Insect cultivation solution to global food crisis

Man leaning on bags with fishmeal

Protix produces high-quality protein for animal feed using larvae cultivated on vegetable waste. Insect cultivation is already common practice for small-scale production, for example for the angling industry. Protix hopes to be the first company to cultivate larvae for protein at an industrial scale for the production of animal feed.

In order to be able to implement a large-scale production system that meets the stringent European regulations and quality requirements, the company secured seed capital from Brabant Life Sciences Seed Fonds, a fund that participates in’s Seed Capital scheme. The company also applied for a €2,000,000 Innovation Credit for the development of the requisite advanced technology.
‘Our product may contribute to reducing the global food problems and waste problems,’ explains founder Tarique Arsiwalla. ‘There is a protein crisis. All organisms need protein to survive, but there is not enough of it to supply the expanding world population in the long term. High-quality protein from meat and fish is becoming increasingly scarcer and overfishing the world’s oceans will not solve the problem. We have developed a new type of high-quality protein based on insect larvae.’

Meat substitute

This protein can also be used to replace fishmeal in animal feed. However, the company sees opportunities for the production of food products for human consumption too. ‘Insects can be used as meat substitutes. There are psychological barriers to this among people in the western world, however these can be overcome if we create the right products. In the short term we envisage selling our product for use as a high-quality ingredient in feed for poultry, fish and pets, however applications for human food may well follow quickly.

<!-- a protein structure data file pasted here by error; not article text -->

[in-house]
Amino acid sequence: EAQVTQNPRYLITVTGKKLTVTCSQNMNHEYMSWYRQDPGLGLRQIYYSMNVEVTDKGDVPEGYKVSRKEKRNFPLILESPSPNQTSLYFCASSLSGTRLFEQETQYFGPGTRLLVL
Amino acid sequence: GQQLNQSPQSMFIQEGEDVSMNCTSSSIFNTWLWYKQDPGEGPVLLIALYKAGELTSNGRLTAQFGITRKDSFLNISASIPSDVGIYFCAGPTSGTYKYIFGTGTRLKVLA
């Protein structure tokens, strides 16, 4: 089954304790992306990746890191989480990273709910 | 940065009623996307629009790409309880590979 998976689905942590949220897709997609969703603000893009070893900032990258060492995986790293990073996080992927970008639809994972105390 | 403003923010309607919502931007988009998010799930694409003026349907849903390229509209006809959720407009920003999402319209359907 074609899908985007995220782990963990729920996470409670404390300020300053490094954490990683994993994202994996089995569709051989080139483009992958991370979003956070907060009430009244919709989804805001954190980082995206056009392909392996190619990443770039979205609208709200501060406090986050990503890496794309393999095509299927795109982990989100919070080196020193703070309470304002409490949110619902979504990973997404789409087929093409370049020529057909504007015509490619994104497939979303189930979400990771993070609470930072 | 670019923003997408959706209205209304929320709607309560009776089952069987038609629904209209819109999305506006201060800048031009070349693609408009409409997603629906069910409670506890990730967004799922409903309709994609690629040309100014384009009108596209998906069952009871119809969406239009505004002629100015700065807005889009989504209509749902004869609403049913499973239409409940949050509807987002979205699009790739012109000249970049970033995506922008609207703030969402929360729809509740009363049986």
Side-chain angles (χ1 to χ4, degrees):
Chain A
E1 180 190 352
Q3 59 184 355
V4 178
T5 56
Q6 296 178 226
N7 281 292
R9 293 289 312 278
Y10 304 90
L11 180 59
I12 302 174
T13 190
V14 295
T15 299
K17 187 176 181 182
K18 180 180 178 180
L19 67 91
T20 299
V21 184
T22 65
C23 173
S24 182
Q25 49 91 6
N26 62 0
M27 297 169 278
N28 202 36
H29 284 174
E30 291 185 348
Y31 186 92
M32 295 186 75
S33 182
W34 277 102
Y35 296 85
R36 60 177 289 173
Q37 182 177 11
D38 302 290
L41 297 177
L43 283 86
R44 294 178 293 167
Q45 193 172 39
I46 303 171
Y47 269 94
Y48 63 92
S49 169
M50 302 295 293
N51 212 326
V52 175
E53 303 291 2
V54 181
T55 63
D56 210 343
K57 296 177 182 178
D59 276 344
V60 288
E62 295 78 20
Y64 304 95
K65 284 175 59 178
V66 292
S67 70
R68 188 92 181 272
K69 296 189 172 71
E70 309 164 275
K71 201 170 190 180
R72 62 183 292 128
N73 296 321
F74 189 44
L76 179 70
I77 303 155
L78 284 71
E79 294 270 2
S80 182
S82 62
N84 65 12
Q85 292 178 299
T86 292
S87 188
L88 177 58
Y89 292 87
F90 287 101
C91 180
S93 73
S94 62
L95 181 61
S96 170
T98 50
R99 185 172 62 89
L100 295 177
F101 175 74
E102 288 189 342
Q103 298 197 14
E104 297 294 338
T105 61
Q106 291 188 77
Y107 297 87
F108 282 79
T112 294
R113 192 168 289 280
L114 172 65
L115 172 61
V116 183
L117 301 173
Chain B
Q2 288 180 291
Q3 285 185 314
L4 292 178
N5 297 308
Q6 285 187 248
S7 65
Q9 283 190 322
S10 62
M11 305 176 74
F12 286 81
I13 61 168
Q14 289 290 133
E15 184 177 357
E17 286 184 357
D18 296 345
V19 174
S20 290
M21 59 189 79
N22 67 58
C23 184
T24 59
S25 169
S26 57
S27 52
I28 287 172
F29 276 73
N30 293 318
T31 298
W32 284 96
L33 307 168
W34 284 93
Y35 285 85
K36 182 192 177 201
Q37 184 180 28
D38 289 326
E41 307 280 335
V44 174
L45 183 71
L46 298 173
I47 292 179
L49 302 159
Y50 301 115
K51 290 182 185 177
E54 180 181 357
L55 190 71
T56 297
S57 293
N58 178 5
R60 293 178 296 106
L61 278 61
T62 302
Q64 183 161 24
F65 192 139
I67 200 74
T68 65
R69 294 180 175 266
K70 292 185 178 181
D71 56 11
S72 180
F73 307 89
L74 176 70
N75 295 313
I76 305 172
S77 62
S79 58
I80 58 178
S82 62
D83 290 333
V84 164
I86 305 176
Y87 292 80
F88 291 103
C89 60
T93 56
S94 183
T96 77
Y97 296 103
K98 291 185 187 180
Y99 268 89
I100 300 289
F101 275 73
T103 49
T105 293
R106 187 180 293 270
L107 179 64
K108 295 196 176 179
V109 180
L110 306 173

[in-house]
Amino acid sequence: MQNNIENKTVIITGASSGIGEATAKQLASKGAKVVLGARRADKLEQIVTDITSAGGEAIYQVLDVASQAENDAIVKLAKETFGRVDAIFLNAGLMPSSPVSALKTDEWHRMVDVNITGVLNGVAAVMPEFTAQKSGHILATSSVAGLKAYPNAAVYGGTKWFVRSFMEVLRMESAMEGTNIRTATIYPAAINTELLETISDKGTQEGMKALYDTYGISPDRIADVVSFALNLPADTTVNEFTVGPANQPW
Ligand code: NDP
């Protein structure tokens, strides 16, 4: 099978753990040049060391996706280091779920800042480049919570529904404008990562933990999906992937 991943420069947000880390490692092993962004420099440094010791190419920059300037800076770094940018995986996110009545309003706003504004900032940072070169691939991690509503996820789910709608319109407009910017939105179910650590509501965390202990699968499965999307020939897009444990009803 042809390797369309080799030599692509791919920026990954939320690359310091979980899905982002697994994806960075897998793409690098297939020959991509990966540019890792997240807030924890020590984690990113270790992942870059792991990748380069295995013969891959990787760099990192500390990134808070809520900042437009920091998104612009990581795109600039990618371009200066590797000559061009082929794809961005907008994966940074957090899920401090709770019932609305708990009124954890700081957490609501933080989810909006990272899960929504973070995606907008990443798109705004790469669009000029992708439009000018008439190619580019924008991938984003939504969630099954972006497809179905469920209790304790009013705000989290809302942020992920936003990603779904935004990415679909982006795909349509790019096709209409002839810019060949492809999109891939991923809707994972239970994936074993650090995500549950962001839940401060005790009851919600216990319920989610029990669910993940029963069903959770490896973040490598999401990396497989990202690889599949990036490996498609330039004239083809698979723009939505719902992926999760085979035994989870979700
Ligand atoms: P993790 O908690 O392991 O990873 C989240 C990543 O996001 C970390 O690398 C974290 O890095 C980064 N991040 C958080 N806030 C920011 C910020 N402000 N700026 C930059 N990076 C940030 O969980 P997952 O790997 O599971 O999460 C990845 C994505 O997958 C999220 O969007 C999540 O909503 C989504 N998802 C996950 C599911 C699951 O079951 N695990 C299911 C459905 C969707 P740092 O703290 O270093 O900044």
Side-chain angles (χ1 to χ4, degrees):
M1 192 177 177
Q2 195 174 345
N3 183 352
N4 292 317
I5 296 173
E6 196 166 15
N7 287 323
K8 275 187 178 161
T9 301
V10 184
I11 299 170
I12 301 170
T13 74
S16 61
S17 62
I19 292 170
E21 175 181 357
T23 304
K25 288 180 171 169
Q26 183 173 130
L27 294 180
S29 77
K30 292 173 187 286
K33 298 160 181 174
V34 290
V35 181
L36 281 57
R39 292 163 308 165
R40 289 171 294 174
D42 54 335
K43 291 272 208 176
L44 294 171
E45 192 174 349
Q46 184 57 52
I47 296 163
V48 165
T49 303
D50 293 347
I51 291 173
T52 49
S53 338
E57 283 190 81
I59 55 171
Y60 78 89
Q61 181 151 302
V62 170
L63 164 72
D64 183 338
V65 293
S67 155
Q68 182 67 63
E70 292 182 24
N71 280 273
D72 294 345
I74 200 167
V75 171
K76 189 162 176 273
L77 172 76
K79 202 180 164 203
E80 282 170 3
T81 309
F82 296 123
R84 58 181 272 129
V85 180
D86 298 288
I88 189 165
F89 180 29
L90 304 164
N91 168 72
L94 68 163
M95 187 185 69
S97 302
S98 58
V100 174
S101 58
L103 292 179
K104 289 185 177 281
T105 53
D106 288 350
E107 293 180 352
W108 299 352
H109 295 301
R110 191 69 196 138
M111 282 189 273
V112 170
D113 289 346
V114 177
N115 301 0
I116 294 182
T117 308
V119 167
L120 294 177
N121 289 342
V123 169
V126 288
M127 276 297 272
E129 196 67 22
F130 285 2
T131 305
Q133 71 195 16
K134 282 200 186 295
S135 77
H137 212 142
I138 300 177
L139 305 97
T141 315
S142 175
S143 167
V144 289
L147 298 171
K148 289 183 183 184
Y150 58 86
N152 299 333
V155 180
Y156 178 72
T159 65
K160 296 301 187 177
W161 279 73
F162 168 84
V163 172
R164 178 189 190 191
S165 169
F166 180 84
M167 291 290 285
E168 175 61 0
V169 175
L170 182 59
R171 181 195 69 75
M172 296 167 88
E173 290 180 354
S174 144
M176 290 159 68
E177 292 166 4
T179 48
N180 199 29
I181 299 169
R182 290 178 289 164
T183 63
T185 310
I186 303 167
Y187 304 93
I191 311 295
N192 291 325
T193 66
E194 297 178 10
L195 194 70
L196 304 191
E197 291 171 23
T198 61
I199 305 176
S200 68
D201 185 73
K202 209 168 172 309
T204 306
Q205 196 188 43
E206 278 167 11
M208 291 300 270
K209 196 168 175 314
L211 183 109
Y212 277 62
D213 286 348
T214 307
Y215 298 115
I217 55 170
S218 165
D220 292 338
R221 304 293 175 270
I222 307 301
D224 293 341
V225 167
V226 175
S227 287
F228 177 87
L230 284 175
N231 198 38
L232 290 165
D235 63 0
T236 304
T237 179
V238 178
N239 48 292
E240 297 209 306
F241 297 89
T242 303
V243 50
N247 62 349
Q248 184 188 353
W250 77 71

Until recently, the larvae were fed semi-automatically on the basis of visual observation. ‘If we want to deploy our technology for global production then we will need to automate the entire process, preferably in a dynamic system. With dynamic, we mean that the computer can respond to the behaviour of the larvae, for example, allowing us to more accurately determine where and how much feed needs to be provided to the larvae. Because these are living organisms whereby the knowledge of the cultivator is critical in this early stage, this is going to be a real challenge.’

Industrial scale

The production process will have to be scaled up to the industrial level to attract potential customers and future partners with whom Protix can build new factories. Instead of tens of tonnes, the company plans to produce thousands of tonnes annually. ‘Potential customers need to be sure that we have the entire production process under control,’ says Arsiwalla. ‘We applied for an Innovation Credit and sought extra private capital to enable us to scale up to a commercial production process.’ This financial injection enabled Protix to invest in a larger production facility.


‘During the preliminary talks it soon became clear that is interested in this development, however they did ask us to provide more information on our business model and the risks involved in each of the various phases,’ he continues. ‘That first interview was reason for us to return to the drawing board and meticulously identify all the risks. Our efforts were rewarded: we started receiving Innovation Credit funding in 2015. We are now also validating and improving the sub-processes separately, starting with the most critical components. We then design the interfaces and join the sub-processes together into an operational system.’

Promising tech pioneer

The world leading technology developed by Protix has been attracting considerable attention. At the World Economic Forum (WEF) the company was acclaimed one of the 49 most promising global tech pioneers. The Dutch company received this award because of the positive and potentially huge impact the product may have on society.

Earlier this year, Protix also won the ‘Go Multinational’ competition organised by Schiphol Airport, whereby they were provided an office and a media budget for a month in order to go to Chile and conquer the market for fish farm feed there. Chile is one of the world’s major producers of farmed salmon.

Photo: Kees Aarts, one of the founders of Protix Biosystems. Photographer: Marie-Thérèse Kierkels

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